Multitasking has also been enhanced “for all apps with great battery life,” Federighi said. iOS 7 notices users’ pattern of use, giving applications background cycles based on how often users access them.

Swiping between open applications is now a full-screen affair, offering users a larger preview of the application as it is currently open.

An updated Safari for iOS 7 has a new full-screen mode that allows users to focus on content. A smart search field also has one-tap access to favorite websites, along with a new tabbed interface. Users are also no longer limited to just 8 tabs.

New AirDrop functionality will allow users to quickly share content with friends nearby with peer-to-peer Wi-Fi. AirDrop will be supported on the iPhone 5, fourth-generation iPad, iPad mini, and fifth-generation iPod touch.

“No need to wander around the room bumping your phone with others,” Federighi joked.

An updated Camera application comes with built-in filters, while enhancements to the Photos application allow individual pictures to be organized into “moments.” Photos are automatically organized based on data such as where and when they were captured.

Users can even zoom out to a year-by-year view. Enhanced by the Retina display, users can “scrub” through their yearly photos to narrow down what they’re looking for. And new Shared Photo Streams also allow group sharing of photos and video via iCloud.

Additional features include the following:
- A new Find My iPhone Activation Lock feature that requires your Apple ID and password before you can turn off Find My iPhone, erase data or re-activate a device after it’s been remotely erased.

- Night Mode in Maps that responds to ambient light when you use it in the dark.

- FaceTime audio for high quality calls over a data network.

- Notification sync, so when you dismiss a notification on one device it is dismissed on all of your devices.

- Phone, FaceTime and Messages blocking to prevent specific people from being able to contact you.

- Tencent Weibo support for users in China, a Chinese-English bilingual dictionary, and improved Chinese input including handwriting recognition for multiple Chinese characters.

- The ability for businesses to more efficiently deploy and manage iPhones and iPads;

- Enhanced in-car integration, bringing an Apple designed experience into the car for the first time.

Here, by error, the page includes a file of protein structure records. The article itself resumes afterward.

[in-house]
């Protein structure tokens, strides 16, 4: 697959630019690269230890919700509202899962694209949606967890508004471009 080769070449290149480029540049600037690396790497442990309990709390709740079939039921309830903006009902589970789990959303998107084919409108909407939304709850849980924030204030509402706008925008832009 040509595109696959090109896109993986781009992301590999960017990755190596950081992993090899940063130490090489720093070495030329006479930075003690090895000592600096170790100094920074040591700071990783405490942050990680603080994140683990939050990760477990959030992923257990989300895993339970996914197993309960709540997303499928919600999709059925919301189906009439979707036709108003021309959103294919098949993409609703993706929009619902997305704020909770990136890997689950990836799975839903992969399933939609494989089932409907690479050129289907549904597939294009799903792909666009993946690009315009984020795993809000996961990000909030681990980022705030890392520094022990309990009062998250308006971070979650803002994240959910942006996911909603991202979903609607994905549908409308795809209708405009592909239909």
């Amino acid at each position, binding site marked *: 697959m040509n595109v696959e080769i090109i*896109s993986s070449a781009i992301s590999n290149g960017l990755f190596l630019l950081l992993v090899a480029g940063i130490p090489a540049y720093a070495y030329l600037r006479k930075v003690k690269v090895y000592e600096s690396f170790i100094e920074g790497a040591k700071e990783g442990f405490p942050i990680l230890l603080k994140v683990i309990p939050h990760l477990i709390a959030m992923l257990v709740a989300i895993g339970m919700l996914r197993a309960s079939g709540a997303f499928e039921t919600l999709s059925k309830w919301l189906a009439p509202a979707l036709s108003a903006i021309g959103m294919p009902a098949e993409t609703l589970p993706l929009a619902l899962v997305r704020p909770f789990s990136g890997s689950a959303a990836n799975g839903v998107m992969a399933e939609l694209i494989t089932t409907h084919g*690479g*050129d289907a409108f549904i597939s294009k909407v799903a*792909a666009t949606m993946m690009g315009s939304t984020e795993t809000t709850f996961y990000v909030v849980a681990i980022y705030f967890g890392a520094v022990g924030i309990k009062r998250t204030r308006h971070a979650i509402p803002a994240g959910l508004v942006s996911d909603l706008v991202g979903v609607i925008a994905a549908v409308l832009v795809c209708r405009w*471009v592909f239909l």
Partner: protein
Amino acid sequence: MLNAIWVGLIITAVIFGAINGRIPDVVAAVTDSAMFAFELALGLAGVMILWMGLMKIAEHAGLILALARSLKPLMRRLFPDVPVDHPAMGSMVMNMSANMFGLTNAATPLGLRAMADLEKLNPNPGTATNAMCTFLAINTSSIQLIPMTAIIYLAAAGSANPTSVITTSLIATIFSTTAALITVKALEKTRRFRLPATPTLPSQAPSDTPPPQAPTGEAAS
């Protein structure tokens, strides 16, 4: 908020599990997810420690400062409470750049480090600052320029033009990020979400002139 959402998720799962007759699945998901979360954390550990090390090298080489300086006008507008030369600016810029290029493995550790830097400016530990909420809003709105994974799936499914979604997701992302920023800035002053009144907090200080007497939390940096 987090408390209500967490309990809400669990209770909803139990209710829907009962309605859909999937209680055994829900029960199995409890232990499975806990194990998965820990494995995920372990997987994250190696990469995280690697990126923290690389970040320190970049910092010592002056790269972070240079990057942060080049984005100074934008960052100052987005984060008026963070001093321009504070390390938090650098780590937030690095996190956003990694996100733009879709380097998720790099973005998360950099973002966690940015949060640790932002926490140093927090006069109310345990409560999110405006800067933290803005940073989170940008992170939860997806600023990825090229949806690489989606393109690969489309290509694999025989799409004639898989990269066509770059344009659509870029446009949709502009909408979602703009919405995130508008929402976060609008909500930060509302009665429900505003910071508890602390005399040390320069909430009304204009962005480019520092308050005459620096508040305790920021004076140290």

Apple has released an iOS 7 beta to its developer community (available at developer.apple.com).

Stay tuned for additional details as they become available.

Apple closes OS X 10.8.4 seeds, release seems imminent

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Date: Monday, June 3rd, 2013, 08:35
Category: News, Software

OS X 10.8.4 should be out any day now.

Per AppleInsider, Apple on Friday sent notice to developers that it will be closing the OS X Software Update 10.8.4 seed project, suggesting a final version of the maintenance update is close to release.

Sources who have seen the emailed notice believe OS X 10.8.4 could see public release in the near future, possibly at Apple’s Worldwide Developers Conference coming up on June 10.

Along with thanking participants who contributed to the testing, Apple noted the discussion board and Project Area dedicated to the seeding initiative will be shut down following scheduled infrastructure maintenance this weekend. No information was given regarding a public release date.

Though Apple has yet to dole out a Gold Master of 10.8.4, signaling an imminent release of the software update, the company most recently seeded the eighth beta version of the software last week.

While the maintenance update is not expected to have many new features, a beta issued in April revealed code pointing to support for the 802.11ac wireless protocol, hinting that future Macs could soon employ the speedy Wi-Fi tech. Last week, pictures of a reported Broadcom BCM94360CD PCI-E mini custom combo WLAN+Bluetooth card made the rounds, with some speculating that the part could be used in an as-yet-unannounced Mac.

Apple has announced that it will show off next-generation versions of OS X and iOS at WWDC 2013, but many are anticipating new hardware like a refreshed MacBook lineup featuring Intel’s latest Haswell processors.

Stay tuned for additional details as they become available.

Possible Broadcom 802.11ac Wi-Fi card spotted, currently supported in OS X 10.8.4 betas

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Date: Tuesday, May 21st, 2013, 07:37